Friday, June 15, 2018

Beautiful Embroidered Lace ~ Appenzell WeiBstickerei





Last fall  I found the prettiest lace handkerchief with the tiniest little stitches and pretty flowers woven into it on a fluke while driving around Dallas and just happened to be passing
by a thriftshop...





Recently  I used this pretty handkerchief as a napkin
in this pretty tablesetting but then I got to thinking
about it... and I wondered what kind of lace
was this?


Another of my newer thriftshop finds ~ this cotton hanky is delicately trimmed with
just the tiniest little flowers all the way around it's four edges.




Both of these handkerchiefs above were found at thriftshops ~ 
the lower is a man's handkerchief from the early 1900's
is my guess.
The Appenzeller wedding handkerchief {top} showcases
a beautiful and probably handmade bobbin lace edging ~
3" at its widest and 4 1/2" long at the corners.
Amazingly beautiful with a small peony or waterlily in the Appenzell embroidery technique
set just inside one corner of the cotton batiste handkerchief ~ 
this was certainly handmade!

Would you believe I found this one inside a large
but not great picture frame for a mere $4.00?
True story!
:)

So here's a little history of this type of lace for you.



A bit of an oops photo!  I didn't look at what direction I had the plate... Oh, well!  Really shows the beauty of this lace.  ;)



History of Appenzeller Embroidery

Appenzeller weiBstickerei is the name in German and in English
{pronounced like "apple" and weiBstickerei has a "double S" written as a capital B}
it is called "the whitework of Appenzell {Switzerland}."
According to Tourismus Appenzell this type of whitework
"evolved from three related craft industries: tapestry,
cotton spinnery and chain stitch embroidery."

The peak period when this embroidery technique was hand-sewn was during the 1850's.
Machine embroidery became available during the Industrial Revolution and basically wiped out all handmade lace industry
with its cheaper costs and mass production ~
quality was sacrificed.

In an excellent paper published by the author of Studio Stitch Art ~ 20th Century Lace: The Struggle Between Machine Lace and Hand Made Lace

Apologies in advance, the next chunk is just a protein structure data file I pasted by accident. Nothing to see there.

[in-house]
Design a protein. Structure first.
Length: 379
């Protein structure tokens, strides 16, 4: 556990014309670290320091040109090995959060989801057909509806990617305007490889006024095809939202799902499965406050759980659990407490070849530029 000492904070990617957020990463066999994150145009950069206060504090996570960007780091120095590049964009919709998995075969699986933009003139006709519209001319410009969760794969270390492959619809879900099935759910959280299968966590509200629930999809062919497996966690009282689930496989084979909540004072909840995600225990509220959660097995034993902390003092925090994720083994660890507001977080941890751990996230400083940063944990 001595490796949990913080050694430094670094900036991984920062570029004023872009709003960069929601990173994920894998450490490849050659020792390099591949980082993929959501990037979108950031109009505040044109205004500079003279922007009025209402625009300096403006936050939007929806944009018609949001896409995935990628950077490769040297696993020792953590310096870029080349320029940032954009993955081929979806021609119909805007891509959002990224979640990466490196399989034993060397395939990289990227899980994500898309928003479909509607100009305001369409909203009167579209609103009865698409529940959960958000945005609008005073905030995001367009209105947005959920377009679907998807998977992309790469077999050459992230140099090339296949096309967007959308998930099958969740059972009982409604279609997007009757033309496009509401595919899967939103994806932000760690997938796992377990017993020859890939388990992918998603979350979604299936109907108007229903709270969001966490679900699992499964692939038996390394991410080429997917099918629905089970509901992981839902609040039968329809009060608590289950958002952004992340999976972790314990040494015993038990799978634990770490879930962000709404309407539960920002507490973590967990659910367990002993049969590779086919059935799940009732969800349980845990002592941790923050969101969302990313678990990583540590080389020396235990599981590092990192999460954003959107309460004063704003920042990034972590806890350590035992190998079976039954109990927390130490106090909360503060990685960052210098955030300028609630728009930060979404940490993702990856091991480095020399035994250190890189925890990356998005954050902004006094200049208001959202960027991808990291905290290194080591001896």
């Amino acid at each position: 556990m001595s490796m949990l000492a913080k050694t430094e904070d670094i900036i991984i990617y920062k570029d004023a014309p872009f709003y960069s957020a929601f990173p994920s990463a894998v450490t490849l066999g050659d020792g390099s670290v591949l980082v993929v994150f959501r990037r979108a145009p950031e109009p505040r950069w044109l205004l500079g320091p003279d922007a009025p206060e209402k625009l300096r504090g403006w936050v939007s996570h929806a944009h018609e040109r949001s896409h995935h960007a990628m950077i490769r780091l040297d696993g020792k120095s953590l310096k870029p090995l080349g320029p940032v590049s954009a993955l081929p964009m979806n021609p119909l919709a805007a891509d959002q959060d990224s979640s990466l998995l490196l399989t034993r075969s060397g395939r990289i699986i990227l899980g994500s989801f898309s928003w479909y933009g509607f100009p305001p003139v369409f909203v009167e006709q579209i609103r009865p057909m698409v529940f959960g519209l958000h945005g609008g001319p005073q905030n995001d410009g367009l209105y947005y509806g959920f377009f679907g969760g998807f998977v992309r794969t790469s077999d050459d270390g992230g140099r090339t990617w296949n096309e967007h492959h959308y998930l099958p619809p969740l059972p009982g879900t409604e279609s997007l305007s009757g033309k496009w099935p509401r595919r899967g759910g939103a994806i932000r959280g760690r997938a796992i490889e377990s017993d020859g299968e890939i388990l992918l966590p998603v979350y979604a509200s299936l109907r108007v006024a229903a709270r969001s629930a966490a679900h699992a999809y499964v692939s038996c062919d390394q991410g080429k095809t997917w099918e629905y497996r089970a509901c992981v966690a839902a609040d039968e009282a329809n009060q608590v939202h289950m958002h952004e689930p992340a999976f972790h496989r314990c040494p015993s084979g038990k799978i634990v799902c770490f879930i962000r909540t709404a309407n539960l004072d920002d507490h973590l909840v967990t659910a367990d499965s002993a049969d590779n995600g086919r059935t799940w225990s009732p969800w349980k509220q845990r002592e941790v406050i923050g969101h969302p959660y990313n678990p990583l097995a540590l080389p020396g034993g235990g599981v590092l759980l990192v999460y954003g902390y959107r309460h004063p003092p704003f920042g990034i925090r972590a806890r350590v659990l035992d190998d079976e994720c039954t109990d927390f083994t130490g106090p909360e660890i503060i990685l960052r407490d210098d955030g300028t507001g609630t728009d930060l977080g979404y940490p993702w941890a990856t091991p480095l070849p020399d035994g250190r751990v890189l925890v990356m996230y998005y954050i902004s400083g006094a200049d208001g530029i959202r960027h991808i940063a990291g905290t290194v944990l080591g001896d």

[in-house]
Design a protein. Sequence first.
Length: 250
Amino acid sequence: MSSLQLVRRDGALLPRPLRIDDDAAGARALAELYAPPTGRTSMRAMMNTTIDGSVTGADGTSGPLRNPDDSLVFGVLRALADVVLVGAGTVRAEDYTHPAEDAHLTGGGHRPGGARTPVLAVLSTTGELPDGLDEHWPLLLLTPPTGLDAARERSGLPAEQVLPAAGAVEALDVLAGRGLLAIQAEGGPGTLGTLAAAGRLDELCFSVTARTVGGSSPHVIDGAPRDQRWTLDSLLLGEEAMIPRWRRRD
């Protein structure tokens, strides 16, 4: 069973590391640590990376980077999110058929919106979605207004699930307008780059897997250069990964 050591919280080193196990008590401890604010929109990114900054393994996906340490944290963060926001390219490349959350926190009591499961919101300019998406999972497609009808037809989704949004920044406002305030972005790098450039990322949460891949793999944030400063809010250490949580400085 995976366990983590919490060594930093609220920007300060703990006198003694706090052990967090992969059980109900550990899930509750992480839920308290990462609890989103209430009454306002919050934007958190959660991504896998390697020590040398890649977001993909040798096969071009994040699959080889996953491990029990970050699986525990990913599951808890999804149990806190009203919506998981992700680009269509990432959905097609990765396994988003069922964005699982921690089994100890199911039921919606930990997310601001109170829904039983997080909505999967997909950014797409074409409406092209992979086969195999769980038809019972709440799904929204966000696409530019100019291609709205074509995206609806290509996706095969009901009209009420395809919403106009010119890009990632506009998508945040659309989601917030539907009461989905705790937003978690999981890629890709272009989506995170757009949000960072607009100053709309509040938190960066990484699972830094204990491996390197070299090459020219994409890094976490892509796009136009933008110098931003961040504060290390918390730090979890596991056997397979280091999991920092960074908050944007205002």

the author discusses that combining usage of the jacquard loom carding techniques with the lace backing created by the
bobbin net machine, infinite possibilities in lace designs
were now at the designers' fingertips.

Skilled lacemakers were stunned at the better quality of
this new machinery but purists {Luddites} kept at their craft
and thankfully handmade lacemaking survived on a much
smaller scale still being passed down from
mother to daughter.

Lacemakers today still use these same ethereal techniques of sewing with silk, cotton or linen threads wound onto bobbins.
Pins are set out in specific patterns on a pillow and from there
the seamstress embroiders in very specific knots and twists.
This technique of creating stretchers, flowers and padded areas
created magnificent 3-D quality pictures which are almost
unheard of in today's modern world.







I once read that a good day's work was finishing a
1" x 1" square of lace in an 8 hour day...



Another of my little napkins used as a placemat... :)



Sharing with
Feathered Nest Friday ~ French Country Cottage
Thursday Favorite Things ~ Follow the Yellow Brick Home
Sweet Inspiration ~ The Boondock's Blog
Wow ~ Savvy Southern Style
Thursday Favorite Things {following week, Lol!}
Keep In Touch ~ Let's Add Sprinkles

An update:
This post was featured at
Thursday Favorite Things ~ Petite Haus


An update ~ here are a couple of books you might like that go along with this post:












Just a little fun lace history for you!

Hugs,

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Hugs,
Barb :)

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